Children and organs shouldn't be up for sale

Children and organs shouldn't be up for sale
© Getty Images

It’s that picture of them walking away hand-in-hand, emblazoned in my mind, that I cannot erase. There she was, maybe five-years-old, being led away by a man probably her father’s age. But it wasn’t her father. I wanted so much to run after her but I knew I could not. Not here. Not in the streets of Bangkok where this man had paid someone to engage in unspeakable acts. I found myself nauseated as I bore witness to the worst kind of evil I could imagine — and I felt paralyzed by the scale of the problem.

I was in Thailand for a meeting of activists, religious leaders, consultants and NGOs to talk about the major social issues facing communities around the world. We gathered in Thailand because that is the one country in the world with almost no visa restrictions. I am embarrassed to say that I had no idea why, until I arrived.

ADVERTISEMENT

Along “Walking Street” I saw hundreds of young girls dressed in seductive, tight dresses waiting to be purchased for sex. They were girls with the terrible luck of being born into families and communities with few economic opportunities, in a world unwilling to confront this assault on their health, dignity and human rights. Bangkok stands out but is hardly alone. Travel to virtually any city, including in the U.S., and you see young girls and boys similarly victimized.

 

There are three crucial things to understand about human trafficking.

  • The Global Refugee Crisis feeds human trafficking. Human trafficking is a broader issue than sexual exploitation. Trafficking includes labor exploitation, domestic servitude, forced marriage, child soldiers, and organ harvesting. Human trafficking is modern-day slavery that prays on the most vulnerable and most desperate. Crime, legal status, poverty, gender inequality, lack of education, lack of basics like food and water — these are the dangers that make people vulnerable to exploitation.

The economies of conflict and human trafficking don’t just intersect, they reinforce each other. Conflict zones, lacking basic human security and the rule of law, are places where people are especially vulnerable. It’s the perfect storm — violence, no legal protections, disrupted livelihoods, hunger and poverty, the breakdown of social systems. Irregular armies also use forced labor, child soldiers and sex slaves in many of today’s conflicts.

Refugees are understandably at tremendous risk to those who claim promise of a better life. But with the risks of return so great for so many refugees — gang violence, rape, torture, murder — refugees may be willing to put up with high levels of labor and sexual exploitation to avoid being returned to dangerous countries of origin.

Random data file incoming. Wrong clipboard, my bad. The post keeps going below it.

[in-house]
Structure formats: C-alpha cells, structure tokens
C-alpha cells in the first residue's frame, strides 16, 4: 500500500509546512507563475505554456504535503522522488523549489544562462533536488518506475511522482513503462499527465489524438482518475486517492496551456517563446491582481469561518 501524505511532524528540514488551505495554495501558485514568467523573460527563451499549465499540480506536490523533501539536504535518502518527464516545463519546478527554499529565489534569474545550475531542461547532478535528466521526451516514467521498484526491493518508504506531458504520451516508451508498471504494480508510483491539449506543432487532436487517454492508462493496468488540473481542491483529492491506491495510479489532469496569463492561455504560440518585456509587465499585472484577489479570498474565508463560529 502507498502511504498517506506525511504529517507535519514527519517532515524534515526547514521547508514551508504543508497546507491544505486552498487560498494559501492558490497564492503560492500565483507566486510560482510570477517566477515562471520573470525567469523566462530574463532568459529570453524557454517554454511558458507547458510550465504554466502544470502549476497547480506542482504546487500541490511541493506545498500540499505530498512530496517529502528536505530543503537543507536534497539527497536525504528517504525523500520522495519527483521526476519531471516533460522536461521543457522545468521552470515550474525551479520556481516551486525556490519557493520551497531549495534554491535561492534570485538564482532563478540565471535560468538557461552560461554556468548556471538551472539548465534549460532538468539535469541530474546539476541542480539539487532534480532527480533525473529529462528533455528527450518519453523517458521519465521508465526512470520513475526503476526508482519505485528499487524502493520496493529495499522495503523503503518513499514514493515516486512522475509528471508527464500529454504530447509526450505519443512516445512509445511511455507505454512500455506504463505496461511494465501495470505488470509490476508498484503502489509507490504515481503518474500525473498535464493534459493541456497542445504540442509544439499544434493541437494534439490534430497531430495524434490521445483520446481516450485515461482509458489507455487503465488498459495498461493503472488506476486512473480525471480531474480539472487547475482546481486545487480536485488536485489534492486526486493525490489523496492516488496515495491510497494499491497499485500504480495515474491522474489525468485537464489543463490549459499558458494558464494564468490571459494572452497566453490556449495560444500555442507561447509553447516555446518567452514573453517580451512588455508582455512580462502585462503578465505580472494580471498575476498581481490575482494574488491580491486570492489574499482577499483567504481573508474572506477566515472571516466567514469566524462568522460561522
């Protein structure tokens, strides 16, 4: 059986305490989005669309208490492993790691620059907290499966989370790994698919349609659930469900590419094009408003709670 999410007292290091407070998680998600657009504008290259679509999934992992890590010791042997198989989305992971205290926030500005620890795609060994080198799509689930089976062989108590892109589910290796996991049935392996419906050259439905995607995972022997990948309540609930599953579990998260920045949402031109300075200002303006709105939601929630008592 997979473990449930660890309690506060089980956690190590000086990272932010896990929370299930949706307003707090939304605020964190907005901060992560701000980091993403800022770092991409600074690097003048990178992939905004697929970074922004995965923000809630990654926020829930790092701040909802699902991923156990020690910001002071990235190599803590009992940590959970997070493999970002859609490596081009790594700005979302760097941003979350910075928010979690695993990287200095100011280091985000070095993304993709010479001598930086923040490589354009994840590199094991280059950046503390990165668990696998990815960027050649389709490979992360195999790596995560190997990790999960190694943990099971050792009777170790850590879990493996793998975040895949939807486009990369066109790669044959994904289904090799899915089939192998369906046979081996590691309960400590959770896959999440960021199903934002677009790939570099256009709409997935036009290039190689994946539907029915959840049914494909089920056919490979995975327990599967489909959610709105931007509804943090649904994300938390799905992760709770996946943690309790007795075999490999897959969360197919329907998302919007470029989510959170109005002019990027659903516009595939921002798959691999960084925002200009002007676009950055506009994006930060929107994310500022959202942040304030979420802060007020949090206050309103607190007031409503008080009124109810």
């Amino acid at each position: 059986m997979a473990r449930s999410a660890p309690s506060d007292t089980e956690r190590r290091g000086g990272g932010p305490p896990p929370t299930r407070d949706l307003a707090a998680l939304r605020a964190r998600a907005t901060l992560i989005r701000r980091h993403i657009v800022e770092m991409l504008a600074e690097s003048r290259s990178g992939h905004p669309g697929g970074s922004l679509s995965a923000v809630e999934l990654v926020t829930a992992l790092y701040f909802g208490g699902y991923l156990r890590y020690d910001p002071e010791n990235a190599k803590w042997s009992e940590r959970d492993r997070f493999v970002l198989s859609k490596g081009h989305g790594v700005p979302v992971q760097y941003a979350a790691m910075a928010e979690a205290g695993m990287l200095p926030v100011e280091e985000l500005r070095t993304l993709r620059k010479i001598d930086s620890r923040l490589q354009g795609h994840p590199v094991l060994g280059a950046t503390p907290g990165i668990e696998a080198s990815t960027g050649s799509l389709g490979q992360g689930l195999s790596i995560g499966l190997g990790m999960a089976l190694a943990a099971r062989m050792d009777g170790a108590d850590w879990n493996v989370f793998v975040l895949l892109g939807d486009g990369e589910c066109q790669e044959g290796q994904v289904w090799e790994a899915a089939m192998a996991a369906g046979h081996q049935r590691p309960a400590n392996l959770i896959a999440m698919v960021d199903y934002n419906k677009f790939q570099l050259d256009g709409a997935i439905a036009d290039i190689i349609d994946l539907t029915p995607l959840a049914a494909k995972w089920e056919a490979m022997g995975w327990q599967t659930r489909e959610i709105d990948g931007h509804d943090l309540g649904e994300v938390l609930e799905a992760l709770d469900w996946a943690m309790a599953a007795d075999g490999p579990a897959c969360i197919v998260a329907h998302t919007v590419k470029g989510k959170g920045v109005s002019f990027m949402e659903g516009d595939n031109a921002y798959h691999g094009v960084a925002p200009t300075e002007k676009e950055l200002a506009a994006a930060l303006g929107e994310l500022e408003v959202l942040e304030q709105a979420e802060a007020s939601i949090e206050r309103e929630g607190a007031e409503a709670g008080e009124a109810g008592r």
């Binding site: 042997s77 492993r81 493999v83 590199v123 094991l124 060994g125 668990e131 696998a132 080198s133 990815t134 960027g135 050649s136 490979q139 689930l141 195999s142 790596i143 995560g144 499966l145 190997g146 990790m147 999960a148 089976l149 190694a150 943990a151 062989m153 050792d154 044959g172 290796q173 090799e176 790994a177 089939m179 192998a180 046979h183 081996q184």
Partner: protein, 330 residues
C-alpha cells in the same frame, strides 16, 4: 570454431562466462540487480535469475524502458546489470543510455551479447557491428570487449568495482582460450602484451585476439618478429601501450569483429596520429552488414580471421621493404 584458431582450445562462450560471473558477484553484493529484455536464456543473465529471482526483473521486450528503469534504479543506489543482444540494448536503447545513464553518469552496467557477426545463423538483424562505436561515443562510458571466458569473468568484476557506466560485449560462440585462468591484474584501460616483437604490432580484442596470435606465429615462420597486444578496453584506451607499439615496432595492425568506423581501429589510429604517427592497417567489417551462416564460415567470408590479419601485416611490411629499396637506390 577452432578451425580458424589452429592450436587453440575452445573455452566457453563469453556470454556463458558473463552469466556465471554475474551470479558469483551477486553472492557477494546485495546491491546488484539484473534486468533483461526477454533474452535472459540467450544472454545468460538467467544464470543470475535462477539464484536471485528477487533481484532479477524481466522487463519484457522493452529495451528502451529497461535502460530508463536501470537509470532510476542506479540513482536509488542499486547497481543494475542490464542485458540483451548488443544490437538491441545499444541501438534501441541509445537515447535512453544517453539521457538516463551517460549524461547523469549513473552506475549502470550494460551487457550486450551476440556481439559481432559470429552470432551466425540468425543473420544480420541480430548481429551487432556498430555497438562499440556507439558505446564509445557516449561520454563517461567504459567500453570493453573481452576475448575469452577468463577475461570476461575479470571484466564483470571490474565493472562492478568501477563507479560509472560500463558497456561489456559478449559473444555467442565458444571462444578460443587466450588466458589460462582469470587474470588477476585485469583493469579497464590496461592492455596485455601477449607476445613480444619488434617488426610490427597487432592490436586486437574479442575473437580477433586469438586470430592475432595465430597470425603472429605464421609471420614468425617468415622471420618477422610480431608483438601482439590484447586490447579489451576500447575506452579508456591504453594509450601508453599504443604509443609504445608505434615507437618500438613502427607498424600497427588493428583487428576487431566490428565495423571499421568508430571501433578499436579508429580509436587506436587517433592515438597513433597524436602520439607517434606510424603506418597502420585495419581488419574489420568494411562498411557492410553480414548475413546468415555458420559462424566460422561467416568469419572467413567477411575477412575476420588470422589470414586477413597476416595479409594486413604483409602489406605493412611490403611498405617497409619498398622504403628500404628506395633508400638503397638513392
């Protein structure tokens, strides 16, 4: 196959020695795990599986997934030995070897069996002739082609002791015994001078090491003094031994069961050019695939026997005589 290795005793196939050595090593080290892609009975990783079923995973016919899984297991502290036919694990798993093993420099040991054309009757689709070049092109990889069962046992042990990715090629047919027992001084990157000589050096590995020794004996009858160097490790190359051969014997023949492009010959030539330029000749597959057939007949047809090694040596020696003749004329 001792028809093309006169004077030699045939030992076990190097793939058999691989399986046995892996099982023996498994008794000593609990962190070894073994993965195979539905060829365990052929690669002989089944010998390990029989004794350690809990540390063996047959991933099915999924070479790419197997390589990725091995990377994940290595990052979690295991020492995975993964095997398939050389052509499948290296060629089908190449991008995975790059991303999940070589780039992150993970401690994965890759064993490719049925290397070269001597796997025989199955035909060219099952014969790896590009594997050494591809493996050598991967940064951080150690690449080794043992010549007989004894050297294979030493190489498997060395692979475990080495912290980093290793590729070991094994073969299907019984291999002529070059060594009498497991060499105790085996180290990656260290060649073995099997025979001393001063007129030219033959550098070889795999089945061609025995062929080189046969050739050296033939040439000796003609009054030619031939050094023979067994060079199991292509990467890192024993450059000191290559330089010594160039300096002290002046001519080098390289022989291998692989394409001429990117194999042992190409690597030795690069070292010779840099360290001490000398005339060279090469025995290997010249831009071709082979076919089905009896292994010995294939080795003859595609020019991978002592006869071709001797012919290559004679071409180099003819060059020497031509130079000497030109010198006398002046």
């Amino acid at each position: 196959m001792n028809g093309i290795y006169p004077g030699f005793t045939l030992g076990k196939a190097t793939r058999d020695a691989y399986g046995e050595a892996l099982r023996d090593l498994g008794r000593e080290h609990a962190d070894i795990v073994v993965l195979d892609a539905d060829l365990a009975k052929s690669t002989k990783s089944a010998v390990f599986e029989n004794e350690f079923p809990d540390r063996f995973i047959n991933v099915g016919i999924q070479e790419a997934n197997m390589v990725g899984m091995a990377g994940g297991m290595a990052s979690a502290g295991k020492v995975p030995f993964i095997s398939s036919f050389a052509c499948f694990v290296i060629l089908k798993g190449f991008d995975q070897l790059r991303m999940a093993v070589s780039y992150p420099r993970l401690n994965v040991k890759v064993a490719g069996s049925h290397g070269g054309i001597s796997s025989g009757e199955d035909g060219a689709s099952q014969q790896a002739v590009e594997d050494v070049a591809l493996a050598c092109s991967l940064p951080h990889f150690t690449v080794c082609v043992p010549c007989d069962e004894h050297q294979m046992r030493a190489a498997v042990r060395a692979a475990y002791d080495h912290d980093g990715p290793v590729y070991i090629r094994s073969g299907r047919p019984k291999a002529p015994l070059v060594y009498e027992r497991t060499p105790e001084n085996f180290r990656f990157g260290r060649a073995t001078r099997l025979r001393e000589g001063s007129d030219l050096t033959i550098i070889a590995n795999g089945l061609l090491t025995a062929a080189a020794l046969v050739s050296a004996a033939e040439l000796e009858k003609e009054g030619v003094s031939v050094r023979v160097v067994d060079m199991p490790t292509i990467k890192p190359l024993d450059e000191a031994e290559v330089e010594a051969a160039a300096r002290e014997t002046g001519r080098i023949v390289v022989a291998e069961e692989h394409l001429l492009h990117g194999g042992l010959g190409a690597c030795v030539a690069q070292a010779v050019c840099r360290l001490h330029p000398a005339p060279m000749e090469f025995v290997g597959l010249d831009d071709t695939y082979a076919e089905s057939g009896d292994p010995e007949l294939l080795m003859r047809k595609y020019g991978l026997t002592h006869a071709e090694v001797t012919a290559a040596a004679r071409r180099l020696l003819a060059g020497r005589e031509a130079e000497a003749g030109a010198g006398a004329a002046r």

• Trafficking is a lucrative global crime spree. The International Labor Organization (ILO) estimates that trafficking and forced labor is a $150 billion industry worldwide. This business operates 365 days a year because demand and desperation co-exist.

Global refugee and immigration crises feed this lucrative industry which means there are likely more victims of human trafficking than ever before. This should surprise no one considering the world is facing concurrent famines, record-breaking refugee crises, and unwelcoming borders.

Human trafficking affects every country in the world, including the U.S. The ILO estimates there are 40.3 million victims of human trafficking globally; 5.4 victims for every 1,000 people in the world. Seventy-five percent of those exploited are women and girls. Children separated from parents are particularly vulnerable to being trafficked.

  • You and I are not innocent bystanders. Our world buys and sells human beings in a massive global trade that uses our banking systems, our international corporations and our transportation systems. Every one of us is involved with, and benefits from, the global slave trade. It’s in the fish we consume, the chocolate we eat, the shoes we wear and the t-shirts we buy.

This week we acknowledge World Day Against Trafficking in Persons, but on behalf of that little five-year-old girl, we must do so every day. To combat trafficking, tangible actions need to tackle both supply and demand.

There are three steps our country can take right now.

  • Understand that U.S. foreign assistance is the frontline defense against desperation. Though the U.S. foreign assistance budget is small— just one half of one percent of the federal budget — it faces annual threat and cuts. Through U.S. foreign assistance, more and more communities learn to grow better crops to feed their families; find sustainable water sources so people are healthier and more productive; reduction of poverty increases stability; girls stay in school so they aren’t forced into marriage. Members of Congress must support the Foreign Assistance budget and at only one half of one percent of the federal budget, it needs protected from cuts and strategically increased.
  • Increase anti-human Trafficking partnerships. Ethical organizations are on the front lines, doing effective anti-trafficking research and mitigation, partnering with governments, law enforcement, businesses, consumers and other nongovernmental and faith-based organizations.
  • Spend money responsibly. Some countries and industries are benefiting from human trafficking and forced labor more than others; the U.S. Department of Labor has identified 139 goods from 75 countries made by forced and child labor; consumers can measure their personal “slavery footprint”. From tea to fashionchocolate to the fishing industry (notorious for slave labor) we can’t claim ignorance. So from individual consumers to large government contracts, we need to stop funding the slave trade with our wallets.

Rev. Cameron Trimble is the CEO of the Center for Progressive Renewal and Convergence Network and chairs the U.S. board of Stop the Traffik.